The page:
Argentina Judge Slaps Embargo On Chevron Assets

BUENOS AIRES - Ecuadorean indigenous groups have moved a step closer to collecting on a multi-billion dollar court award against Chevron Corp., after a judge embargoed up to $19 billion of the oil company's assets and receivables in Argentina, according to a lawyer involved in the case.

Enrique Bruchou, lead attorney for the Ecuadoreans in Argentina, valued Chevron's assets in Argentina at $2 billion.

Mr. Bruchou said the embargo will remain in place until the Ecuador award is paid off and applies to 100% of Chevron's capital in Argentina, 100% of dividends, all of Chevron's stake in pipeline operator Oleoductos del Valle SA, 40% of Chevron's oil sales to Argentine refineries, and 40% of the money Chevron has deposited in Argentine banks.

Last year, a court in Ecuador found Chevron liable for pollution in the Amazon and levied an $18.2 billion judgment against the company. That amount was later raised to $19 billion by an Ecuadorean judge.

Chevron doesn't have significant assets in Ecuador, but the plaintiffs have been trying to seize its assets in other countries to enforce settlement on the judgment.

The lawsuit in Argentina is the latest development in an almost 20-year legal dispute over claims that Texaco Inc., which Chevron bought in 2001, contaminated parts of Ecuador's Amazon region when it was operating in the country.

Chevron has repeatedly denied the claims and said the Ecuador judgement is the product of bribery and fraud.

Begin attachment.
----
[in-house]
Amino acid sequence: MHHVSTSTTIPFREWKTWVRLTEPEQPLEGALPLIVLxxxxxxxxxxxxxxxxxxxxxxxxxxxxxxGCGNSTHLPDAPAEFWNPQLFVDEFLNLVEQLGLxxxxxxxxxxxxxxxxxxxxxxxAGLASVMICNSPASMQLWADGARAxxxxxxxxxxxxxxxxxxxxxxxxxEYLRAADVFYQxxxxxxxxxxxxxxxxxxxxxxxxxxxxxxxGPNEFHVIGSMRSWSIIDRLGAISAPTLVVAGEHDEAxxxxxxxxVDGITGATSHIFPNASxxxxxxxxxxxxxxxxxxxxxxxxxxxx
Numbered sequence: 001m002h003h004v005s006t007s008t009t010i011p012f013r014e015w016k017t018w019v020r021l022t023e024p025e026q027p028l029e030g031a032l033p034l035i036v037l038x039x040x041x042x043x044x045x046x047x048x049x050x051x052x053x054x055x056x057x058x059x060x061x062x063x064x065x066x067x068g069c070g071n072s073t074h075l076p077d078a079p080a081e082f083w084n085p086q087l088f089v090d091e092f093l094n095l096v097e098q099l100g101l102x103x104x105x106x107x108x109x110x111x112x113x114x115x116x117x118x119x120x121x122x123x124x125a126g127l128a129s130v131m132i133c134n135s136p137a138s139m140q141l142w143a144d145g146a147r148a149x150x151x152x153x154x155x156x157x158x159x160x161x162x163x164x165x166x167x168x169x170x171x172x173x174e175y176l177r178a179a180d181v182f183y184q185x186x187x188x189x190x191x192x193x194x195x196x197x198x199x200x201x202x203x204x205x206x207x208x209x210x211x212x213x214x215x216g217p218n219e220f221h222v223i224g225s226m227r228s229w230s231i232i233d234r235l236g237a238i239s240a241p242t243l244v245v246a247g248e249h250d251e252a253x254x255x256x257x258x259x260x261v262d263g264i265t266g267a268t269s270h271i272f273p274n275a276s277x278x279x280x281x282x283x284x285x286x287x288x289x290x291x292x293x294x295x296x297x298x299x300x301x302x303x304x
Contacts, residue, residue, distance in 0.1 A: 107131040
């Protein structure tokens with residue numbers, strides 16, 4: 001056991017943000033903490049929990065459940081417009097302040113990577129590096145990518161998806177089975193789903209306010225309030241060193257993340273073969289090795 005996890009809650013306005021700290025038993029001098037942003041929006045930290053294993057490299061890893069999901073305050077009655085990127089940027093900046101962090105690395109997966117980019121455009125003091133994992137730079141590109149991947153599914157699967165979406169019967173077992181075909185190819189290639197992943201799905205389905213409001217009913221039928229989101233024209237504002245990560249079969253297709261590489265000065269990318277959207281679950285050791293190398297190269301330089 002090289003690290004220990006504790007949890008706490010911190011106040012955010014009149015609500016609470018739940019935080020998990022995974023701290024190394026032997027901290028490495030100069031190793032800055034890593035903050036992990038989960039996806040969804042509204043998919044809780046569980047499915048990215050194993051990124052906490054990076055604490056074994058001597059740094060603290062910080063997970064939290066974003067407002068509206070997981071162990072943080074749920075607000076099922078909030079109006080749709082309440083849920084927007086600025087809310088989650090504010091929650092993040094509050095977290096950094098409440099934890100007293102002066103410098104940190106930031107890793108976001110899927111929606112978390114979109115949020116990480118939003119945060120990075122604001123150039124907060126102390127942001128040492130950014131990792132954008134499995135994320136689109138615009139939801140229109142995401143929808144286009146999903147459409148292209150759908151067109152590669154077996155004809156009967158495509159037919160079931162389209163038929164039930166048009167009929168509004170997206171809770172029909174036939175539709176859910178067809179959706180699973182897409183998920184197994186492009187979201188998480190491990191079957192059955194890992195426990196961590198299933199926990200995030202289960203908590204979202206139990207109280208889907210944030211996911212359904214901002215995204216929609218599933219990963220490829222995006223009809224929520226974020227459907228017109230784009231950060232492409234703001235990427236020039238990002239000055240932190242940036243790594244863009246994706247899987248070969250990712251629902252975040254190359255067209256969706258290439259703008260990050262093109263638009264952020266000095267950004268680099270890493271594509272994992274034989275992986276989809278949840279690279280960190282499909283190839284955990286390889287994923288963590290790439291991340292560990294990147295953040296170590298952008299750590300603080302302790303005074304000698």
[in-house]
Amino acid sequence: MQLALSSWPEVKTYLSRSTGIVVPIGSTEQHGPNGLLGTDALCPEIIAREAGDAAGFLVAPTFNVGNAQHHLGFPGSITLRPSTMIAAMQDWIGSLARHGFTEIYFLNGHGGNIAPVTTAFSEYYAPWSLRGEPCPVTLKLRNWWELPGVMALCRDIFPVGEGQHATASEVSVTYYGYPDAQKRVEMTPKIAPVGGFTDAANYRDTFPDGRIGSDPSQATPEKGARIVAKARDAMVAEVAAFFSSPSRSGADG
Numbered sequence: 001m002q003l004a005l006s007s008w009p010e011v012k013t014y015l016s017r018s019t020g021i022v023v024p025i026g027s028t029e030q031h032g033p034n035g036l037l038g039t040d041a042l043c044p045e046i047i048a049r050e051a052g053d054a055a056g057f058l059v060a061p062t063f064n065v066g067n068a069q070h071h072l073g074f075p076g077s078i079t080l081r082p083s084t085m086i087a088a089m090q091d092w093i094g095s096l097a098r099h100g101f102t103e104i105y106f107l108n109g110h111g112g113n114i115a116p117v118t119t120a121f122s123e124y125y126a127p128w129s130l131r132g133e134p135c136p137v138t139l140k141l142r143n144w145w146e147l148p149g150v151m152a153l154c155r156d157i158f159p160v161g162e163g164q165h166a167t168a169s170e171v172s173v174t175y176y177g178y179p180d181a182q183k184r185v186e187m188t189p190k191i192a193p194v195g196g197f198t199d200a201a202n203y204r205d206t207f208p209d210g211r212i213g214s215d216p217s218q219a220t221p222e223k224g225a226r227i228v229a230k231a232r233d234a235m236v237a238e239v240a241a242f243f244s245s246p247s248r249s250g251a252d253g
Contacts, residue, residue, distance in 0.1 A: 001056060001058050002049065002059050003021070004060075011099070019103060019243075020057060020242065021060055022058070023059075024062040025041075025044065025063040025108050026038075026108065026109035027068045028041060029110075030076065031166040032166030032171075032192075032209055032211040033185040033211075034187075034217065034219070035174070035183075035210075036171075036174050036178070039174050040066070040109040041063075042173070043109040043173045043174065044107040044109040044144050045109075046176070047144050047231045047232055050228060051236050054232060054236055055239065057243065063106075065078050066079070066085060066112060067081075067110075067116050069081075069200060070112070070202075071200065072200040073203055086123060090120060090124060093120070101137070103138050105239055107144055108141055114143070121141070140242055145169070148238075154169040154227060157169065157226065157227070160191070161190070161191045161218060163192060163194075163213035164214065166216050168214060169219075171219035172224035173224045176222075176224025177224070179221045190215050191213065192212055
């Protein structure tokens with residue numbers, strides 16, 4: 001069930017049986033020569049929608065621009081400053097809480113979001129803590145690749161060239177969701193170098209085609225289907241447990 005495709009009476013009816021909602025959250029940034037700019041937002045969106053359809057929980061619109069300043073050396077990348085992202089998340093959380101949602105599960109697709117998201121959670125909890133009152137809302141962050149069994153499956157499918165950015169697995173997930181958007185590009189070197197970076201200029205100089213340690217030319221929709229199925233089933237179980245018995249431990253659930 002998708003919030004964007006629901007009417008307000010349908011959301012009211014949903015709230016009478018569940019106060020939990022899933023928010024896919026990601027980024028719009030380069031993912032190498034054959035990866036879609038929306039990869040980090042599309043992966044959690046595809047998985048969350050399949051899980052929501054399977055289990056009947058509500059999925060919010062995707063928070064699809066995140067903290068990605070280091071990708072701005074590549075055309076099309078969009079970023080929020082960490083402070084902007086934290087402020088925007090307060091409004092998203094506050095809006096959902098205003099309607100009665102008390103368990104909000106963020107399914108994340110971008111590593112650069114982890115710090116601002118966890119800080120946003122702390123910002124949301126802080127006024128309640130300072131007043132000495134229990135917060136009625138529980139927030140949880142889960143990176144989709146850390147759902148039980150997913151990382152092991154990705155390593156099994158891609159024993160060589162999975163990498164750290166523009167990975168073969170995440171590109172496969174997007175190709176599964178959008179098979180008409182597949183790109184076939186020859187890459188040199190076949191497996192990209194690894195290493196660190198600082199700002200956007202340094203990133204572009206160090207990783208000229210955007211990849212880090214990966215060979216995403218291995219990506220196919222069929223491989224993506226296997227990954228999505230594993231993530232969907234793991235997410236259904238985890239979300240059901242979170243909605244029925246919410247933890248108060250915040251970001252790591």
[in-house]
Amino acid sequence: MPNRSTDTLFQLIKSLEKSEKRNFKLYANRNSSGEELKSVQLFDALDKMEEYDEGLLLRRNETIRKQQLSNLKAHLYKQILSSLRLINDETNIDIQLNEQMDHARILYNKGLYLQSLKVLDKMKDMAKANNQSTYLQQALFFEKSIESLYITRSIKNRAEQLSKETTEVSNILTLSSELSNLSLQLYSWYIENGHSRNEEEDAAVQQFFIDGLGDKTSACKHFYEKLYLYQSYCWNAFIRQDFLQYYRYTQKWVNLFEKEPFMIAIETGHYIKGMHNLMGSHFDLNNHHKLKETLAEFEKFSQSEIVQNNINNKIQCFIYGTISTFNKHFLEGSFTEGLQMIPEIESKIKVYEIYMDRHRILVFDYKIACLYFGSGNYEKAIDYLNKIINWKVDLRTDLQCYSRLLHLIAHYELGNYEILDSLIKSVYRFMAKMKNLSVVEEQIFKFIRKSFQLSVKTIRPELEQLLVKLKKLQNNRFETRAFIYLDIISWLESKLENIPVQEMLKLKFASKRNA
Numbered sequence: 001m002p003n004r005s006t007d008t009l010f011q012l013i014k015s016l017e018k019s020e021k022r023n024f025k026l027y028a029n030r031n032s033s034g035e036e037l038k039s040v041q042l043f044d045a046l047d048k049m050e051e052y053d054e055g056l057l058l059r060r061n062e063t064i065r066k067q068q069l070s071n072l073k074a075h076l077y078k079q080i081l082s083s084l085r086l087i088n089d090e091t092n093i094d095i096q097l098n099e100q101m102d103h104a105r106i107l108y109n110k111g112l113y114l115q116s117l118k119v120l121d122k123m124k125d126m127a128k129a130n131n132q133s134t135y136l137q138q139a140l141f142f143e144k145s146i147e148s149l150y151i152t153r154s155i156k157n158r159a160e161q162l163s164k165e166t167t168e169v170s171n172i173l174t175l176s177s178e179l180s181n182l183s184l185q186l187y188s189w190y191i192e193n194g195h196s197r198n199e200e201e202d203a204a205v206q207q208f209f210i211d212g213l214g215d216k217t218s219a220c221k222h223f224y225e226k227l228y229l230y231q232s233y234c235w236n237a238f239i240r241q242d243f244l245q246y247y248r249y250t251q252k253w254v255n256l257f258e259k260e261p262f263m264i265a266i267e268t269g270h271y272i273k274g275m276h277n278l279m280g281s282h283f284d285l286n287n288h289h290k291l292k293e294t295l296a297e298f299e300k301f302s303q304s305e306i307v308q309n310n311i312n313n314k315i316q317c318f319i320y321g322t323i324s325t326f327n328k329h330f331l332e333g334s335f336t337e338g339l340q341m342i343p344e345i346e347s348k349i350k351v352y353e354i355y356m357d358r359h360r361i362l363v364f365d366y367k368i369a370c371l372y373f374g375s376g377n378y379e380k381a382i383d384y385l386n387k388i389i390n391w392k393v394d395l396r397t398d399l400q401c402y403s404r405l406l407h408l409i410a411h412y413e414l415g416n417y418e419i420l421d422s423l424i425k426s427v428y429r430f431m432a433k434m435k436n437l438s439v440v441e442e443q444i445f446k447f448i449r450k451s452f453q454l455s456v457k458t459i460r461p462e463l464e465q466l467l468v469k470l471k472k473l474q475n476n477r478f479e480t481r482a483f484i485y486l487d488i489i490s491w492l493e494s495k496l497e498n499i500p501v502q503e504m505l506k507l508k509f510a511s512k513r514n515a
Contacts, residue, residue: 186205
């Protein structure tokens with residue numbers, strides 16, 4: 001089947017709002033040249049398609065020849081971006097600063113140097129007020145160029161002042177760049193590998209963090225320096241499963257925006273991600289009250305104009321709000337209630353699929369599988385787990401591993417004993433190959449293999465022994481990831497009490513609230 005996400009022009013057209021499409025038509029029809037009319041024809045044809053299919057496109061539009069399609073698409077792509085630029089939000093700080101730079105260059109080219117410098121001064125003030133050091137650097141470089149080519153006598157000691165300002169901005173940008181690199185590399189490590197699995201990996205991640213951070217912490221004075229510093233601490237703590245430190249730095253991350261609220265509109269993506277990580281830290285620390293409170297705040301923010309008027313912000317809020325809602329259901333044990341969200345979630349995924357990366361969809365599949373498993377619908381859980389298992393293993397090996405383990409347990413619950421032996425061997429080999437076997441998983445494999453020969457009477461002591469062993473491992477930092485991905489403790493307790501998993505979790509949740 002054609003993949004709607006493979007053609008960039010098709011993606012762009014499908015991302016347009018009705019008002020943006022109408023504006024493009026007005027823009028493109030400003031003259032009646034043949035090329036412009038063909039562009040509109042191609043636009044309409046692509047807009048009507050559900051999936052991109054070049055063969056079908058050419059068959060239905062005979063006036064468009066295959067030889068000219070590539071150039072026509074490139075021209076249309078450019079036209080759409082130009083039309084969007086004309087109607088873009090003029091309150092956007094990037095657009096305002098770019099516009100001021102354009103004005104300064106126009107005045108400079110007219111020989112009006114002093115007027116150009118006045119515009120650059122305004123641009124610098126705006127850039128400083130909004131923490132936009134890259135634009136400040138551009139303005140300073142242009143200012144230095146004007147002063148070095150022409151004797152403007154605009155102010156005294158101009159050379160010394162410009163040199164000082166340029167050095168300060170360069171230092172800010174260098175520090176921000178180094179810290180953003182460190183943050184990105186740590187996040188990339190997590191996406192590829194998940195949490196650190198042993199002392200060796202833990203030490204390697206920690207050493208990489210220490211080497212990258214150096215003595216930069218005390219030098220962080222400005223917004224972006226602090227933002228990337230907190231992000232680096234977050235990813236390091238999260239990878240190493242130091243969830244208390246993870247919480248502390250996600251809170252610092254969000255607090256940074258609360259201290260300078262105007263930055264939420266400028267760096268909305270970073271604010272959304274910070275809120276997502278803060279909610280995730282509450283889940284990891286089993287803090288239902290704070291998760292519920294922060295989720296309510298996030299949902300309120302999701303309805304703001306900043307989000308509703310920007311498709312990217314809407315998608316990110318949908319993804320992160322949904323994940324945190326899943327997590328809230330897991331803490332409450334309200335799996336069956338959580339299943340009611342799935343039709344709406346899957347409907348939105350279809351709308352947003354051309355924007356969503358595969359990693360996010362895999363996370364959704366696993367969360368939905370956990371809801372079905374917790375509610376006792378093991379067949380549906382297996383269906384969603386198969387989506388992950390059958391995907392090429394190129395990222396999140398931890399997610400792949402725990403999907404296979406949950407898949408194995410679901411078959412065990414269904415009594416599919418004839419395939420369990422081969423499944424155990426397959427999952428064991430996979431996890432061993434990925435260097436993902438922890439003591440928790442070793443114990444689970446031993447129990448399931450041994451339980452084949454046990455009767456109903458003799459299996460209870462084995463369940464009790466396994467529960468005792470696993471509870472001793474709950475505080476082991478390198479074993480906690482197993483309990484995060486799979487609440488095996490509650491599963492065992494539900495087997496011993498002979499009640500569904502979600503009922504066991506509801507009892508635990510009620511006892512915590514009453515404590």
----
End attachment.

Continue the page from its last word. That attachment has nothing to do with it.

Chevron said in an emailed statement that it hasn't been notified of a court ruling in Argentina.

"All operations in Argentina are conducted by subsidiaries that have nothing to do with the plaintiffs' fraud in Ecuador. The plaintiffs' lawyers have no legal right to embargo subsidiary assets in Argentina," the company said.

The start of litigation in Argentina comes just as the country's state oil company, YPF SA, is courting Chevron to help it explore for potentially massive, but as yet untapped, unconventional oil and gas resources.

In September, Chevron and YPF signed a memorandum of understanding to explore for unconventional energy in the South American nation.

Chevron's net production in Argentina in 2011 reached 26,000 barrels of crude oil a day and 4 million cubic feet of natural gas a day, according to data posted on the company's website; the site says that the company is the fourth largest producer of oil in Argentina. The San Ramon, Calif.-based oil giant also owns 14% of the Oleoductos del Valle S.A. pipeline system, which moves crude from western Argentina to the Buenos Aires region.

Chevron also has an information technology support center in Buenos Aires, which services its North American offices.

In June, lawyers for the Ecuadoreans filed a lawsuit in Brazil one month after they launched a similar suit in Canada.

"This process will continue in Asia, Oceania and Europe and we're working with the best law firms in those countries," Bruchou told reporters.

Ken Parks contributed to this story


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